Chelyabinsk_EW.pngThe meteorite that exploded over Chelyabinsk on February 15, 2013, was a pretty big thing - NASA estimated that it was about 15-17 meters in size and weighed 7-10 thousand tonnes. Surely it should have been detected by someone. Quite a few commentators in Russia indeed asked why the country needs all these early-warning radars if they could not detect something that large and threatening - it's worth keeping in mind that the explosion that accompanied disintegration of the meteorite was equivalent to about 500 kt.

As far as I can tell, the early-warning radars never had a chance, but it wasn't their fault - the problem was that they were never supposed to detect objects that are coming from outer space. The picture above shows the estimated trajectory of the meteorite and fans of the Daryal radar in Pechora and Dnepr in Mishelevka. The fan of the Don-2N radar of the Moscow missile defense system can be seen as well (for other radars, see this post). It's better to see this in Goolge Earth - here is the kmz file.

I assumed for simplicity that the meteorite flew along a straight line - that's not quite correct, but should work for the purposes of this analysis. The AGI simulation of the trajectory based on the Meteosat-9 data shows that the meteorite came from the azimuth of about 60 degrees (they got the meteorite path wrong, in fact - it passed to the south of Chelyabinsk, not to the north). A different estimate suggests that the azimuth could be about 100 degrees, but that doesn't matter much in the end. The re-entry angle is taken to be about 15 degrees - this is what various photos show.

As can be seen from the picture, the meteorite was out of the field of view of the Pechora radar and it was below the horizon as seen from Moscow, so the Don-2N radar could not see it either. The Dnepr radar in Mishelevka might have detected the meteorite if it looked up, but it didn't - as an early-warning radar its mission is to search the narrow strip of space just above the horizon, which a ballistic missile would cross if it ever comes. They don't (and shouldn't) much care about anything else. These radars are not supposed to search the entire sky on a continuous basis - it would be a waste of energy and would decrease the effective detection range. An early-warning radar could see objects at higher elevations (up to 34.5 degrees in the case of Dnepr) and does so if it is asked to track a satellite. But you have to ask and since nobody saw the meteorite coming nobody did.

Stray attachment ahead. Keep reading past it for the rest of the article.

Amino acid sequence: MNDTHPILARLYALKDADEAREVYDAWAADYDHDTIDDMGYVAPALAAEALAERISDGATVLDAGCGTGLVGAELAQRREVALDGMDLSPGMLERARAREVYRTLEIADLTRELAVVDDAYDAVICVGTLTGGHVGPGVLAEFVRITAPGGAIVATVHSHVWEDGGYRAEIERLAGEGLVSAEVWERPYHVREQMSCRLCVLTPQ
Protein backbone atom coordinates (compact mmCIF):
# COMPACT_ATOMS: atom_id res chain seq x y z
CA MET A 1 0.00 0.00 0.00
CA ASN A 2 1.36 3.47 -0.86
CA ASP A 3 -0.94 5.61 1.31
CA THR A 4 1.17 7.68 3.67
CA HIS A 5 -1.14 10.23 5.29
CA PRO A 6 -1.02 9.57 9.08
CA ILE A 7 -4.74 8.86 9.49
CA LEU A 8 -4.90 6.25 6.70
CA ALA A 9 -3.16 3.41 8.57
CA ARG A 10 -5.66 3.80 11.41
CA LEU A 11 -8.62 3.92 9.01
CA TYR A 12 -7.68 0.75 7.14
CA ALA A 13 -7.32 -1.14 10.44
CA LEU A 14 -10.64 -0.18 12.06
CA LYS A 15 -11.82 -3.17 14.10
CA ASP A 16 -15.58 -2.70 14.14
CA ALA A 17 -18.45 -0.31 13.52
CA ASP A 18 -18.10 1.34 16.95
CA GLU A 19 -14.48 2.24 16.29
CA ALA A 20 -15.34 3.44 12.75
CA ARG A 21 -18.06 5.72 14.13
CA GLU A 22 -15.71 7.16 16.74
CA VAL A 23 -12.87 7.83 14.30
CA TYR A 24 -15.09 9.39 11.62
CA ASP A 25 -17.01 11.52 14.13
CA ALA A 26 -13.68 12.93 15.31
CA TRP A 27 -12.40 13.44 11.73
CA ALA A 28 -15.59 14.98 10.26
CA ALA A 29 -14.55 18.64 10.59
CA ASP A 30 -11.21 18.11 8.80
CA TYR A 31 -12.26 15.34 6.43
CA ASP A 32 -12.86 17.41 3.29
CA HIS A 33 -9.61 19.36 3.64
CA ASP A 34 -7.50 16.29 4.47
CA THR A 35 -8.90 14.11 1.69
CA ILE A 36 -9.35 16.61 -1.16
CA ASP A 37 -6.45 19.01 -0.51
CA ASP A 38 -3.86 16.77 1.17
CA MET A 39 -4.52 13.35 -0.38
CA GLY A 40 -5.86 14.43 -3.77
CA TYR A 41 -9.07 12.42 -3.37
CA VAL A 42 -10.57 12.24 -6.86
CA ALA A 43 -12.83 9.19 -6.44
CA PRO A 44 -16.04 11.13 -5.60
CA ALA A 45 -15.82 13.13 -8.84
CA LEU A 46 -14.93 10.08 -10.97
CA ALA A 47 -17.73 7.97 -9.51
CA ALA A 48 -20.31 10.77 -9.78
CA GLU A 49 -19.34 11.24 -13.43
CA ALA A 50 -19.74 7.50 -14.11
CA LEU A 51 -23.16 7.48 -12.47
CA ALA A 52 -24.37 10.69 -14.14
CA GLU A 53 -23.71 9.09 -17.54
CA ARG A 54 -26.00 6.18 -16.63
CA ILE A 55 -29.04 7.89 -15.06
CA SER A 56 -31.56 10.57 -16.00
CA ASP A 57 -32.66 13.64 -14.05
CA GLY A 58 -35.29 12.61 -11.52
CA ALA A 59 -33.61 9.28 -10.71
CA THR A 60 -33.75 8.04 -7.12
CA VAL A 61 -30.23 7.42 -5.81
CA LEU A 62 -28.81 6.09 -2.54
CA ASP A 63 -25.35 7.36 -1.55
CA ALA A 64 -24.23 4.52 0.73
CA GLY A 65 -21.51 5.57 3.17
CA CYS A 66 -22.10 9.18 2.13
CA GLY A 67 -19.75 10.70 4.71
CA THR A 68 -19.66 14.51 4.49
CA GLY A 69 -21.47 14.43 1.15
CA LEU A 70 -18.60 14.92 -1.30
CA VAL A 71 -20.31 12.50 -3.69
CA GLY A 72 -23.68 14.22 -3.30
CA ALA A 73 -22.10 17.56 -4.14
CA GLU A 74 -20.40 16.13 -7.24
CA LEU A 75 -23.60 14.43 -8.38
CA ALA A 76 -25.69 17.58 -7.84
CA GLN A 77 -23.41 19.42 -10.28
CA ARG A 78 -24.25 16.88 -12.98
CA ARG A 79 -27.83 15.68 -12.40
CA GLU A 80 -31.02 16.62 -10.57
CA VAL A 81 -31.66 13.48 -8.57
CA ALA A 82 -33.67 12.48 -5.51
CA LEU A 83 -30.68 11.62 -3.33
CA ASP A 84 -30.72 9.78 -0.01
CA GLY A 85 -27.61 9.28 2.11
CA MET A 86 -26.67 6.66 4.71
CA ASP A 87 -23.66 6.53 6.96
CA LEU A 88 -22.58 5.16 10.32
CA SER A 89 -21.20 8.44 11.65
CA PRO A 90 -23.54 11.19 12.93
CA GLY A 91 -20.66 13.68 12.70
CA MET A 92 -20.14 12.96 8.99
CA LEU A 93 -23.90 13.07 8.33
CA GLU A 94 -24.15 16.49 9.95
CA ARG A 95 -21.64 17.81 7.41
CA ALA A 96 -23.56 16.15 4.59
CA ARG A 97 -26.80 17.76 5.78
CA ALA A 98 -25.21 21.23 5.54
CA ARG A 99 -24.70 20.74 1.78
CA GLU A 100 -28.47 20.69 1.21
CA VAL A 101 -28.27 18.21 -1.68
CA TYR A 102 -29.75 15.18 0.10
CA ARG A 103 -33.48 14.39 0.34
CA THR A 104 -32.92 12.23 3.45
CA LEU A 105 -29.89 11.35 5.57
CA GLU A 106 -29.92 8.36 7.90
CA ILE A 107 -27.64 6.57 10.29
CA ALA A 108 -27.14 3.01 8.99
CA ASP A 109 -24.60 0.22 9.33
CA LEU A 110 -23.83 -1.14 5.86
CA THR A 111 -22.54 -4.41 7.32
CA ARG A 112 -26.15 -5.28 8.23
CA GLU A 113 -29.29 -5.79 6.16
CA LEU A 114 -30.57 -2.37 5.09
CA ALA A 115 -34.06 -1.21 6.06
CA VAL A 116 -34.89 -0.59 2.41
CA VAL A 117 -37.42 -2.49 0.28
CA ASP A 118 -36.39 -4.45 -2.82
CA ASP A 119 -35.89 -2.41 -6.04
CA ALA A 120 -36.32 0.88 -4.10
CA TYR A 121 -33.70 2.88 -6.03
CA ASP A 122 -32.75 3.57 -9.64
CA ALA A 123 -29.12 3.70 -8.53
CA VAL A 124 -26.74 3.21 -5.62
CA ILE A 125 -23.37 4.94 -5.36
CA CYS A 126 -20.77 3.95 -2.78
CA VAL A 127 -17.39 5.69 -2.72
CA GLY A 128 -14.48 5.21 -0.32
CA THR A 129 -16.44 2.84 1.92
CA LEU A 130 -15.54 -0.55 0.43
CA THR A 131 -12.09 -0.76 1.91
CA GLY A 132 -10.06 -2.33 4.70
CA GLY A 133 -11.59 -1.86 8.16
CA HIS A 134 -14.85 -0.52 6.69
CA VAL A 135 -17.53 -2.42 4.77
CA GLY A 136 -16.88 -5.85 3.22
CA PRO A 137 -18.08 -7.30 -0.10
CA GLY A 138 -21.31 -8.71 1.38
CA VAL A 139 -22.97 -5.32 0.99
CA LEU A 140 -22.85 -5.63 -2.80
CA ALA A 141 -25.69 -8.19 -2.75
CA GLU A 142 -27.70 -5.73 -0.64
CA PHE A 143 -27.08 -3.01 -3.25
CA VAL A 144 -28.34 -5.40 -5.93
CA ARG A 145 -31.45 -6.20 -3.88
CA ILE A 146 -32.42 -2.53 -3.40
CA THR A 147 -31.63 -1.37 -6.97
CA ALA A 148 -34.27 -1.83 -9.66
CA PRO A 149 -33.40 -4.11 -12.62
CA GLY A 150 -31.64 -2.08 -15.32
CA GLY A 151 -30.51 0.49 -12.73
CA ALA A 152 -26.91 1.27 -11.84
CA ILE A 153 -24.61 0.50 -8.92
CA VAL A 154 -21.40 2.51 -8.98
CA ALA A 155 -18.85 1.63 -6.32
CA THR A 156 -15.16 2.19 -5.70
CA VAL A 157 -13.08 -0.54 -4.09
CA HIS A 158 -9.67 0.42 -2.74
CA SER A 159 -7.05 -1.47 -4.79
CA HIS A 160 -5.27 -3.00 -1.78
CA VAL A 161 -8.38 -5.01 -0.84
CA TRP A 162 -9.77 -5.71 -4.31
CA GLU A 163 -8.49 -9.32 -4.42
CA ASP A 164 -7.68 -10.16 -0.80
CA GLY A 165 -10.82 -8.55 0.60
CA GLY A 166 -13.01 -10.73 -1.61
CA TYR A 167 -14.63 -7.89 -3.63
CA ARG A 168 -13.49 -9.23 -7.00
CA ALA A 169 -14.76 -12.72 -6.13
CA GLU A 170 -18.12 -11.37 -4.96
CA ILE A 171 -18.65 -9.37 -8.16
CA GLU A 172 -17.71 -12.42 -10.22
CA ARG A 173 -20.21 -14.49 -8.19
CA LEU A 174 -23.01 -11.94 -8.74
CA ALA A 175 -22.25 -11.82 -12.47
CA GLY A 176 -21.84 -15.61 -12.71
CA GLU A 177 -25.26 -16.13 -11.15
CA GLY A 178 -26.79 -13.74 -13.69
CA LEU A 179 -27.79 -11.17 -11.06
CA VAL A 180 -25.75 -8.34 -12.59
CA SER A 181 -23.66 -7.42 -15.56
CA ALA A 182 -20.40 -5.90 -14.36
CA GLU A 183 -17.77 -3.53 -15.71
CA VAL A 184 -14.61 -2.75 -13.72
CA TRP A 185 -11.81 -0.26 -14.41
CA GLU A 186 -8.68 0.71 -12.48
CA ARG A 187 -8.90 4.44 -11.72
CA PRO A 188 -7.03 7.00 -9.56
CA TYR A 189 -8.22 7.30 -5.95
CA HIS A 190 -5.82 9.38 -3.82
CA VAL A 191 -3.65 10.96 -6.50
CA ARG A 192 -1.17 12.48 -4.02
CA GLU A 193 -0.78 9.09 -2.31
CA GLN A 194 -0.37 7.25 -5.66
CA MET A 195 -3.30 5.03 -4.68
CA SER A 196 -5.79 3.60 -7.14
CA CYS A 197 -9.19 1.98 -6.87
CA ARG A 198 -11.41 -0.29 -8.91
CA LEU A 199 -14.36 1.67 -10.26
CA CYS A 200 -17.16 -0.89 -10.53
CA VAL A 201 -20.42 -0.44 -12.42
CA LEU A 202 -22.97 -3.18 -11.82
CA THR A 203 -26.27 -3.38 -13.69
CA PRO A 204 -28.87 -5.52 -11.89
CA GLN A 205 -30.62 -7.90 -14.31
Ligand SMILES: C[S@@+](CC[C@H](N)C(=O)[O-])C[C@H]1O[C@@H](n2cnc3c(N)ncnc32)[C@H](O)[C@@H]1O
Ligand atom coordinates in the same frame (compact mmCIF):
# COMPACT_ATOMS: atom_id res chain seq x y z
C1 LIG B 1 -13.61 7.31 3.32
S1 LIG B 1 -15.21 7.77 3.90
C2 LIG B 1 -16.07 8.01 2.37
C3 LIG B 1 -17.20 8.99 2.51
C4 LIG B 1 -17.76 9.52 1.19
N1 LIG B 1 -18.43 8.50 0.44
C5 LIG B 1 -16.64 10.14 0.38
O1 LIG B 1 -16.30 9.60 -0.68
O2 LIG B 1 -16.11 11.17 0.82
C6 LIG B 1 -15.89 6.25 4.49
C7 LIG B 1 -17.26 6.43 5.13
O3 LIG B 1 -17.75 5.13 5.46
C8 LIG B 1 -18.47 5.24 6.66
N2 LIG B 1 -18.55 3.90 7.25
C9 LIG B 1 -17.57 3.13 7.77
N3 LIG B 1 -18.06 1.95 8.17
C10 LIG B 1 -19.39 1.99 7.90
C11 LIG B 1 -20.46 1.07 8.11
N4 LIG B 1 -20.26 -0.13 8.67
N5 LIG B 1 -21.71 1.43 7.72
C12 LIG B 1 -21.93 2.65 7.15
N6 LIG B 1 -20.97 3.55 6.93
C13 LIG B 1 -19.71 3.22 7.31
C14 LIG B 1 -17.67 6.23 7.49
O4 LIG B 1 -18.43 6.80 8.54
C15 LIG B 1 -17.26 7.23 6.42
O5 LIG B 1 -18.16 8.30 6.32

The Google Earth file also includes a fan of the Krasnoyarsk radar, which was supposed to close the proverbial "Eastern gap" in the Soviet early-warning radar coverage. As one can see, that radar would not have been able to see the meteorite either.

The bottom line is that there is nothing wrong with the Russian early-warning system. The reason the meteorite was not detected by the Russian early-warning radars is very simple - it was not a ballistic missile.

It still leaves an interesting question - what happens if you see a 500-kt explosion on (or above) your soil and have no idea what it is and where it came from. I guess we know now what the Russians do - they would rush to upload their dashboard camera videos to YouTube.